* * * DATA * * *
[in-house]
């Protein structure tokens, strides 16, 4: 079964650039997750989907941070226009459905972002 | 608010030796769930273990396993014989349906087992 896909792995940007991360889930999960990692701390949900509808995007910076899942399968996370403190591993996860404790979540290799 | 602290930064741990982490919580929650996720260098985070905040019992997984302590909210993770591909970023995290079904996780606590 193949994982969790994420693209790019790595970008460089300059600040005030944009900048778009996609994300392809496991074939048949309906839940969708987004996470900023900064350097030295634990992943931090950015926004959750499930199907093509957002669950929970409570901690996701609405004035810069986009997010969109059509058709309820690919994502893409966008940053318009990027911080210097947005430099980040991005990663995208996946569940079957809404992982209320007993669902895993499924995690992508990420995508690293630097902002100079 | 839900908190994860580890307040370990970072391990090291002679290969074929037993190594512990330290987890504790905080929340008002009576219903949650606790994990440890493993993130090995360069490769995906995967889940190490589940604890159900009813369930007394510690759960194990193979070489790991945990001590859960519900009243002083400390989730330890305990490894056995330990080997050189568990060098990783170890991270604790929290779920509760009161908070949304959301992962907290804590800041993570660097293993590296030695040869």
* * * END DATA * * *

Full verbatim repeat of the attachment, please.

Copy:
[in-house]
């Protein structure tokens, strides 16, 4: 079964650039997750989907941070226009459905972002 | 608010030796769930273990396993014989349906087992 896909792995940007991360889930999960990692701390949900509808995007910076899942399968996370403190591993996860404790979540290799 | 602290930064741990982490919580929650996720260098985070905040019992997984302590909210993770591909970023995290079904996780606590 193949994982969790994420693209790019790595970008460089300059600040005030944009900048778009996609994300392809496991074939048949309906839940969708987004996470900023900064350097030295634990992943931090950015926004959750499930199907093509957002669950929970409570901690996701609405004035810069986009997010969109059509058709309820690919994502893409966008940053318009990027911080210097947005430099980040991005990663995208996946569940079957809404992982209320007993669902895993499924995690992508990420995508690293630097902002100079 | 839900908190994860580890307040370990970072391990090291002679290969074929037993190594512990330290987890504790905080929340008002009576219903949650606790994990440890493993993130090995360069490769995906995967889940190490589940604890159900009813369930007394510690759960194990193979070489790991945990001590859960519900009243002083400390989730330890305990490894056995330990080997050189568990060098990783170890991270604790929290779920509760009161908070949304959301992962907290804590800041993570660097293993590296030695040869």